The why, what and how-to of policy making.
Can the Left 'bank' elsewhere?
In a season that is awash with public offerings, the overwhelming market response to the recent follow-on public issue by ICICI Bank stands out for more reasons than one. First, the mop-up is a perfect response to the changing market dynamics where banks are forced to pursue business in choppy waters-by continuing to lend to risky sunrise sectors like real estate and retail. They need funds for this as well as to provision for the increased attendant risks, as mandated by the regulator.
For ICICI Bank, this growth route will, in all probability, improve its net interest margin (NIM)-the difference between the interest rate charged on loans and the interest paid out on deposits. ICICI Bank's NIM stands at 2.6 per cent, about 1 per cent lower than the industry average of around 3.5. Further, the additional capital will also help fend off the vagaries that RBI's monetary policy imposes on the banking system-of late, in its attempt to combat inflation, RBI has been stemming credit flow, which, till recently, was rising at over 30 per cent per annum, by increasing the cash volume that the banks need to park with it.
Unfortunately, ICICI's public sector counterparts, who dominate 70 per cent of the lending business, don't enjoy this luxury much as they would like to. This, since a good number of them don't have much room to dilute equity and yet remain within the government fold. Take the case of SBI, the country's largest bank, in which RBI's holding (which will shortly be transferred to the government) is close to 59 per cent. In fact, in the medium term, this predicament could well have disastrous consequences-PSBs will turn risk-averse and settle largely for zero risk government securities, because there is no incentive to widen the net and develop a large portfolio of small ticket risk-laden loans, which need to be provisioned for.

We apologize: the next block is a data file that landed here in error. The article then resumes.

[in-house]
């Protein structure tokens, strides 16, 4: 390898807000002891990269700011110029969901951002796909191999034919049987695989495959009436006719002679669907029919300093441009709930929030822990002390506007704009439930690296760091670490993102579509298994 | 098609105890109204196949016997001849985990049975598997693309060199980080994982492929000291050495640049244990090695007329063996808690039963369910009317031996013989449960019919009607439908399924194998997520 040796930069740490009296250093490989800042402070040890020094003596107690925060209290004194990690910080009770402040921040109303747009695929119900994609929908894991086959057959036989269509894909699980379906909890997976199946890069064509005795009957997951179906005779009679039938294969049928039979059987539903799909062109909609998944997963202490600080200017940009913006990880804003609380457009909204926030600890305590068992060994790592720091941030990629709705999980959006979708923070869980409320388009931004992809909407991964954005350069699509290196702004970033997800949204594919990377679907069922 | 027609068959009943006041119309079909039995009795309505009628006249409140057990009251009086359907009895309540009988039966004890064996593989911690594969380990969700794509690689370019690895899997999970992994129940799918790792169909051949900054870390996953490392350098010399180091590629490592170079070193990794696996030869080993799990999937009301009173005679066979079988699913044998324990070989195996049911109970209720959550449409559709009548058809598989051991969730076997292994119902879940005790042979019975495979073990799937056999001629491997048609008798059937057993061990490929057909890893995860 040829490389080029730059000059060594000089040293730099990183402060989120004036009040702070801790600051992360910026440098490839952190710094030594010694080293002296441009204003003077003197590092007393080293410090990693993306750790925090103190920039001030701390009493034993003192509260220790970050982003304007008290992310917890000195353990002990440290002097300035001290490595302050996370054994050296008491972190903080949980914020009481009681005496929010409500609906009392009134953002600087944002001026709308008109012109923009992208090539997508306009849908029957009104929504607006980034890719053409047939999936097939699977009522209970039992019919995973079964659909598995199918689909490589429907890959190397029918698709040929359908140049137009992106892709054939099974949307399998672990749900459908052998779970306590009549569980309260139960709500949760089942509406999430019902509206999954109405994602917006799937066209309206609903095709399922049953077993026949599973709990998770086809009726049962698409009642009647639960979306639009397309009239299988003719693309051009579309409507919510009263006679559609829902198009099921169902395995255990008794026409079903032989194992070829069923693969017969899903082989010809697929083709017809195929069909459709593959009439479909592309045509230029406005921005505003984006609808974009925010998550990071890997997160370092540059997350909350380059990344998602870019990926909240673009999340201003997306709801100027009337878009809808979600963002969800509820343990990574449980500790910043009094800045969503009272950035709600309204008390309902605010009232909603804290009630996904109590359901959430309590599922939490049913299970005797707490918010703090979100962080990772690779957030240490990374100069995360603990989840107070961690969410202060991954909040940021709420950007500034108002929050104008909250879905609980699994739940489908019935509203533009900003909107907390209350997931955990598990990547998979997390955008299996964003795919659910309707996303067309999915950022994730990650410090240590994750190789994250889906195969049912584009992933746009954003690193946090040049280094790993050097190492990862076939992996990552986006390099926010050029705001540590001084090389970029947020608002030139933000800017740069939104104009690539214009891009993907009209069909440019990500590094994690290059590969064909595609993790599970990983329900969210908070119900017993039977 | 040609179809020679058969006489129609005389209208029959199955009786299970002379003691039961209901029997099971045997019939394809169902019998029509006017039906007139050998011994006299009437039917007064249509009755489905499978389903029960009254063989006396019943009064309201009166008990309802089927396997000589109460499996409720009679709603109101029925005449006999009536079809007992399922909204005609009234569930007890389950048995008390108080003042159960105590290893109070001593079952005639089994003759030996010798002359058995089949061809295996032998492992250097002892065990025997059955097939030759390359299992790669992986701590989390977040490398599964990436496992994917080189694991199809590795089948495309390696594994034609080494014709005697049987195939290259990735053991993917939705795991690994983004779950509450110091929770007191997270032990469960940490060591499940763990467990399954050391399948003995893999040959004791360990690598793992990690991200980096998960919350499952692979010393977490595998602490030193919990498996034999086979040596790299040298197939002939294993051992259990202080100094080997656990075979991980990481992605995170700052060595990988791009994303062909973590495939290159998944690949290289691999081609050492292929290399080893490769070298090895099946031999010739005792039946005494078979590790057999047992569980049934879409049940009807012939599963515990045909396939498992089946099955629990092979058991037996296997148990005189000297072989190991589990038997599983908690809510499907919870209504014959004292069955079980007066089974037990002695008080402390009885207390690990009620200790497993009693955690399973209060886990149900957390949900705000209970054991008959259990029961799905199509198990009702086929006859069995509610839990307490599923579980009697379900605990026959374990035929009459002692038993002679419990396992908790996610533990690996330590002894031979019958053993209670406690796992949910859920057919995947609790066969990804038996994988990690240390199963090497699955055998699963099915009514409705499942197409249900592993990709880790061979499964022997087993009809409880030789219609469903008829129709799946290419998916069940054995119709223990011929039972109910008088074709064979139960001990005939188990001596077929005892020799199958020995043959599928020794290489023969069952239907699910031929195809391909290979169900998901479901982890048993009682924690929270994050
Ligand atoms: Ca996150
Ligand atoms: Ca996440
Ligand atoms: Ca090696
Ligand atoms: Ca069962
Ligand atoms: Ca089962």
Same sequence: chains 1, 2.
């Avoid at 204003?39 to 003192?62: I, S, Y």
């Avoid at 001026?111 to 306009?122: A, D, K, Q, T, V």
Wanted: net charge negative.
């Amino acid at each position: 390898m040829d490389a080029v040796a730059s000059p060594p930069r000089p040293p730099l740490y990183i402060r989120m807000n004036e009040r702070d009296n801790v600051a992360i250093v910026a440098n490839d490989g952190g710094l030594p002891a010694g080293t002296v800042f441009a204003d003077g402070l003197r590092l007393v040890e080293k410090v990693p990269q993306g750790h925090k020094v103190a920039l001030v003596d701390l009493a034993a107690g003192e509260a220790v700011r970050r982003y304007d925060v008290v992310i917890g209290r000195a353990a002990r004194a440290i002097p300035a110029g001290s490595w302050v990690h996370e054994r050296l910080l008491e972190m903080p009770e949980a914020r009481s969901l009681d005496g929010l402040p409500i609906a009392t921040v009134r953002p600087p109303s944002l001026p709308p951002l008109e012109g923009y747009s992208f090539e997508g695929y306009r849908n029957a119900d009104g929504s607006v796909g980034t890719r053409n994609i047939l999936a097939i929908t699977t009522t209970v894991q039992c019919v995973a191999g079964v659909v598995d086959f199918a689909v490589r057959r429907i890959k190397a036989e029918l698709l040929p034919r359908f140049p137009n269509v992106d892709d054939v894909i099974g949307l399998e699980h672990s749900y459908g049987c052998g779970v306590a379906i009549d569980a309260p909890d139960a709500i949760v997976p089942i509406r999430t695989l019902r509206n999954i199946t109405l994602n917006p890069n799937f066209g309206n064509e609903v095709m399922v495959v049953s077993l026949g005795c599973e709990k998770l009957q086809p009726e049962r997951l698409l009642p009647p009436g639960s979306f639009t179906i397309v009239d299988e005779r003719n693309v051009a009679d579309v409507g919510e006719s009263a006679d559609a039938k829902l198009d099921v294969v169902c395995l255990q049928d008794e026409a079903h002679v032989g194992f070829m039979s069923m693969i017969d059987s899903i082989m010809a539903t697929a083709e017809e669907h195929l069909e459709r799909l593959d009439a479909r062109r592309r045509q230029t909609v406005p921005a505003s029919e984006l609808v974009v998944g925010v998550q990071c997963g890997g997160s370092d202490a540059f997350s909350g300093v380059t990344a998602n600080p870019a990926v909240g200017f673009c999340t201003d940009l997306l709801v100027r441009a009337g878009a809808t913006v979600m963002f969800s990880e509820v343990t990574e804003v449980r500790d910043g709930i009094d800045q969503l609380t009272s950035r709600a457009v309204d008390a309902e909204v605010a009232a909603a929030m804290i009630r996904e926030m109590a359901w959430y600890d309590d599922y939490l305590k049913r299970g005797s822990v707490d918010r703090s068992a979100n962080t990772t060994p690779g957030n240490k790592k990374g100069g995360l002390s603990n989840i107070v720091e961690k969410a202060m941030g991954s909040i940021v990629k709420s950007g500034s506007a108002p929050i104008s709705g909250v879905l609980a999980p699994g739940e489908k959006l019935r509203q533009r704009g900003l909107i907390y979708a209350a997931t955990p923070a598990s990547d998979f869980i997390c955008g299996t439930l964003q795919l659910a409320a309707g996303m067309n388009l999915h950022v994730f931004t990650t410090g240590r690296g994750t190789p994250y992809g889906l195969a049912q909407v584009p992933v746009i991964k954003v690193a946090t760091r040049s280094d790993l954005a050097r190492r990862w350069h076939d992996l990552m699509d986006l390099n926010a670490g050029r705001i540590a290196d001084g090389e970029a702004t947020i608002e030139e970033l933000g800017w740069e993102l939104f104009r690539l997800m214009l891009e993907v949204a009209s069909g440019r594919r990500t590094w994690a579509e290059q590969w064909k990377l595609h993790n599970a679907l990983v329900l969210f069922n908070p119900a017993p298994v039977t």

Exercising brand power to beat down the lender's rate is gaining strength in India. Recently, Tata Power, which is in the process of financing its 4,000 MW, Rs 16,000-crore Mundhra project, turned away Indian lenders since they were not willing to reduce the interest rate on the loan, based on the Tata brand and its creditworthiness. The business loss was not ordinary, since the loan component is a staggering Rs 10,000 crore.
Anil Ambani never shies away from offering advice. Last week, after making an elaborate presentation to Power Secretary A. Razdan, which advised him and the power ministry against supporting the gas price put forth by his elder brother for the power sector, Ambani Jr walked up to NTPC Chairman T. Sankaralingam and advised him on the latter's proposed public issue. The NTPC chief's main reason for the float was that the NTPC stock had gotten illiquid in the retail segment.
His advice: woo the existing lot of retail shareholders by offering them a discount in the new issue. Having offered his advice gratis, he quipped, "you don't need to hire a banker for this."
So, why not privatise public sector banks? Unfortunately, the government's allies, the Left parties, are not willing to blink for ideological reasons, and so have forced the government to consider less effective options-merging banks that have more equity headroom than those with less (Canara Bank and Dena Bank, for instance) or lure the market with non-voting shares that offer more dividend than those offering voting rights. While both these methods have not been tested, the third, of allowing banks to access Tier ii capital (bond market), has its limitations.
There is, however, one other option that offers the best deal for PSB-government infuses capital to enable it to keep accessing the equity market. Surely, the Left parties will not object since it will provide the PSBs a level playing footing vis-a-vis the private sector banks. But, for this to happen, it will have to go easy on its other demand-government funding in social sectors, for the exchequer's kitty is limited. The Prime Minister should offer them a choice.